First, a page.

The Novel Jane’s Been Writing on ‘Jane the Virgin’ Is Real. Here’s Our Review

Gina Rodriguez in 'Jane the Virgin'. Photo by Adam Rose. Courtesy of The CW

Editor’s Note: Fans of the critically acclaimed hit CW series Jane the Virgin have watched the ups and downs its title character Jane Villanueva has experienced on the road to becoming a published author. After several re-writes and working with the publisher to find the right cover illustration, Jane celebrated the completed novel with a book party on Friday’s episode “Chapter Seventy.” Adams Media decided to make Snow Falling a reality by publishing the novel under the banner of the fictional imprint, “Lorden + Gregor,” under license by CBS Consumer Products. Here is our review of Jane’s debut novel. For the purposes of this review, we stick to the premise that Jane Gloriana Villanueva is a first-time author, not a fictional TV character.

Here’s how you should judge a romance novel (you know, the kind that feature a bare-chested man on the cover hugging a beautifully distressed woman): look at the way they describe the men. I mean, that’s why we all pick up these books, yes? To find a release for our innermost lustful thoughts. It’s also likely the very reason why those books are written. And if Snow Falling is any indication, first-time author Jane Gloriana Villanueva clearly has plenty of those pent up emotions and has found the perfect outlet for them.

Look, for example, how the former publishing assistant and Cosmopolitan dating columnist introduces her heroine’s soon-to-be-paramour, Martin Calden, who’s just happened upon Josephine Galena Valencia (on her birthday of all days) as she jots down ideas for one of the novels she hopes to publish one day: “Dark blond wisps of hair escaped the confines of a straw boater that cast shadows on his features until she raised a lantern to chase away the darkness. Smiling blue eyes as bright as a summer sky held no malice, only concern. A sharp straight nose led to full lips and a strong jawline with a hint of light evening stubble.” Immediately – this only on page 8 of this historical romance novel set in 1902 – you get the sense that Ms. Villanueva has a knack for making us inhabit Josephine’s head, not least because we’re also encouraged to longingly look at this dashing young member of the Pinkerton National Detective Agency.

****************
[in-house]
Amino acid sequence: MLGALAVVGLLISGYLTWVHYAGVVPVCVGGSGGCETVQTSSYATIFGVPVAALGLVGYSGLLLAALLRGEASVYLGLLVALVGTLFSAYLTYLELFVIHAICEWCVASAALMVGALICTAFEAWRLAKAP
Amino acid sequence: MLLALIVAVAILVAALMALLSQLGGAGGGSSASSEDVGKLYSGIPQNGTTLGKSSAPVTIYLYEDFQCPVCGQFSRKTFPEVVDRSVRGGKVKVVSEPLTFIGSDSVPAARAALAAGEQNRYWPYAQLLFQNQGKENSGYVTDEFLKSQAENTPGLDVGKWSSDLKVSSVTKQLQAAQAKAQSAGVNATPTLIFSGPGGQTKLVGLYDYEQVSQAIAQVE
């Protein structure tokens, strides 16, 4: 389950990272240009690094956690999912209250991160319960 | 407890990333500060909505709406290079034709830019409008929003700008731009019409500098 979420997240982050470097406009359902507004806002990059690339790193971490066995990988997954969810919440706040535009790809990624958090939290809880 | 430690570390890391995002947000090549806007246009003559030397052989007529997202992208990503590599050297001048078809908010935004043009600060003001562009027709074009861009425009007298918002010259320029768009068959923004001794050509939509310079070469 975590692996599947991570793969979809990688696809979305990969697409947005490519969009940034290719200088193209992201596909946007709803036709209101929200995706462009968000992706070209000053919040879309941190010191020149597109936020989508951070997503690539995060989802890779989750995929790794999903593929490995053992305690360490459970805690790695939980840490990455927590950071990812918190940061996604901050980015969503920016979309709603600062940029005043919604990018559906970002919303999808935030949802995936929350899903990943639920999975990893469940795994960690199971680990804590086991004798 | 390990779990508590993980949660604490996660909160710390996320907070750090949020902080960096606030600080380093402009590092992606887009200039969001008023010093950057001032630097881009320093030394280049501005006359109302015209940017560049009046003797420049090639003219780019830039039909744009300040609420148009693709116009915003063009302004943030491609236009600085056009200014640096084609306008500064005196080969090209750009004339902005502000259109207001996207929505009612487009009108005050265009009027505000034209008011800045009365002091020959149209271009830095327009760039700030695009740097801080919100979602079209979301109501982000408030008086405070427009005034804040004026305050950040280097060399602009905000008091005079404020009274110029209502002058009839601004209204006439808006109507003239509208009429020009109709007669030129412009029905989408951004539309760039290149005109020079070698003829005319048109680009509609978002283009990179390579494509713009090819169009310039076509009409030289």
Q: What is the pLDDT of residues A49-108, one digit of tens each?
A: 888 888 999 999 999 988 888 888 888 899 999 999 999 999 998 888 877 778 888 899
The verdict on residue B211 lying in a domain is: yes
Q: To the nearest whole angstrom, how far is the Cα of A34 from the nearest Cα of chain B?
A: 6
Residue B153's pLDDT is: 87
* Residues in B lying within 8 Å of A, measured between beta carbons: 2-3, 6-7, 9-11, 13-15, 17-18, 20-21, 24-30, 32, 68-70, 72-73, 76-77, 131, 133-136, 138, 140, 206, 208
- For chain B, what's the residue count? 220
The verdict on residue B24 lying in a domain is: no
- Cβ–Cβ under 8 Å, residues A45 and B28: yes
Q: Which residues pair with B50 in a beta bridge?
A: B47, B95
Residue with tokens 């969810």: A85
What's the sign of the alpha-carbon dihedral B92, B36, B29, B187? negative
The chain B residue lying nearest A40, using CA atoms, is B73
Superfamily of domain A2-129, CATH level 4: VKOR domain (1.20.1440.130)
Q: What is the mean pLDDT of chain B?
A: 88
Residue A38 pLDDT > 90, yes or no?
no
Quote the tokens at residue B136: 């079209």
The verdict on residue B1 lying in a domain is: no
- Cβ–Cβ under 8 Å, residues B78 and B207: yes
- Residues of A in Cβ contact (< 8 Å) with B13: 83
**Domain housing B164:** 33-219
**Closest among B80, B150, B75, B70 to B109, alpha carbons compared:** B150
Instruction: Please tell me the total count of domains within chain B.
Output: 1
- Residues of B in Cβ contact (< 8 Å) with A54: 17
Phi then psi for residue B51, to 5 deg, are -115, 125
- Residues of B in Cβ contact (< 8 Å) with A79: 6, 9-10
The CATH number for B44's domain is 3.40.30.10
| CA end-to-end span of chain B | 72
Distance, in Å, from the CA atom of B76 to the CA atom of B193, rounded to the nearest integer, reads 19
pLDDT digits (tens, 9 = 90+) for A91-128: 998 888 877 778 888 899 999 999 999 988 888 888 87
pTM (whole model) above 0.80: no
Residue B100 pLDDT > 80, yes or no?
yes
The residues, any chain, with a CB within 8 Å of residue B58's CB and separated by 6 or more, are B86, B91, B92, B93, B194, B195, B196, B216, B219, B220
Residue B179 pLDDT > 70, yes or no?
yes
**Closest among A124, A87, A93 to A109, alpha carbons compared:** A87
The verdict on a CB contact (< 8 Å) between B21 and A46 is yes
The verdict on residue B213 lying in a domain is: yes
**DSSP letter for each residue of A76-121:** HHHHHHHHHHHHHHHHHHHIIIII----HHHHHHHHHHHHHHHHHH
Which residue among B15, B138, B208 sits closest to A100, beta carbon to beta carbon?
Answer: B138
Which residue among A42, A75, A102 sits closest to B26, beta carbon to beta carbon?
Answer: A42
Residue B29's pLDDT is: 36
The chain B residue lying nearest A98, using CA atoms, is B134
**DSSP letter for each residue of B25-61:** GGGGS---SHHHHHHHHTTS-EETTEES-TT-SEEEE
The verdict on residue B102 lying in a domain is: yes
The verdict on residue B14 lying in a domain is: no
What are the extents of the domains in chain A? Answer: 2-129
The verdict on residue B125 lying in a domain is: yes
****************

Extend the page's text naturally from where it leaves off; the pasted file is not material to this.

But I’m getting ahead of myself and starting to sound like the narrator voice that interjects Villanueva’s prose every once in a while to pepper it with knowing winks at her reader. It should be noted that Snow Falling, set in the author’s hometown of Miami, follows young Josephine, a would-be writer working at a fancy hotel who lives with her mother and abuela, who hail from Venezuela. Having never known her father and eager to finish her studies so she can pursue her dreams, she falls for Martin immediately and the two make plans to get married – at which point they’ll finally consummate their love for one another. Josephine, we learn, values her virginity and has been well-taught by her abuela about why she should wait until she’s a married woman to indulge in such deliciously tempting activities.

“The man was tall, dark, and handsome. Way too handsome. Way too dangerous, she corrected herself as she took in the sight of him.”

Only, and you should’ve known there’d be some kind of obstacle involved here, Josephine becomes smitten when she meets Rake Solvino, the hotel’s owner. Actually, meets him again as they’d already shared one kiss many years ago. But again, better let Villanueva describe him to us so you can see why Josephine, fuming over a misunderstanding with Martin ends up (spoiler alert) having a one-night stand with him and – worse yet – carrying his baby:

“The man was tall, dark, and handsome. Way too handsome. Way too dangerous, she corrected herself as she took in the sight of him. Dark stubble across a strong jaw called attention to full lips set in a scowl. His shirt was unbuttoned to midchest, revealing a hint of lean, smooth muscle beneath. Pinstriped pants hugged a slim waist and hips, and powerful thighs. Thick brown hair waved around his face, billowing as if touched by a breeze.”

That’s enough to get you to reach for a fan, yes? And while Ms. Villanueva’s descriptions are sumptuous enough to keep you engaged, this is truly a plot-driven novel that gets you involved in this unlikely love triangle. But lest you think the novel merely hinges on that one question – will Josephine want to forsake her impending marriage to try her luck at lust and love with the dashing father of her baby – know that Snow Falling also has a subplot that has Martin trying to hunt down a criminal mastermind that goes by the name Sin Sombra as well as some family drama that will introduce Josephine to a rather bombastic person from her past she never thought she’d meet.

Equal parts harlequin (button shirts and corsets will be ripped open in fits of passion!) and telenovela (watch out for mistaken identities and family reunions!), Snow Falling is endlessly enjoyable. It’s the kind of book you won’t be able to put down, and will surely make you wonder where Ms. Villanueva has found inspiration to create such a wildly funny and steamy romp. I have one theory but it’s so implausible I can’t possibly vouch for it. You see, the novel is dedicated to Michael Cordero Jr. (“You live in my heart forever”) whereas the Acknowledgements credit Rafael Solano (“without whom this book wouldn’t have been written”). The Martin/Michael and Rake/Rafael echoes are probably too much of a coincidence, no? But then I start to imagine what it would mean for this novel to be autobiographical in any shape or form and my mind goes dizzy – stuff like that doesn’t even happen on TV shows! ?

Snow Falling was published on November 14, 2017.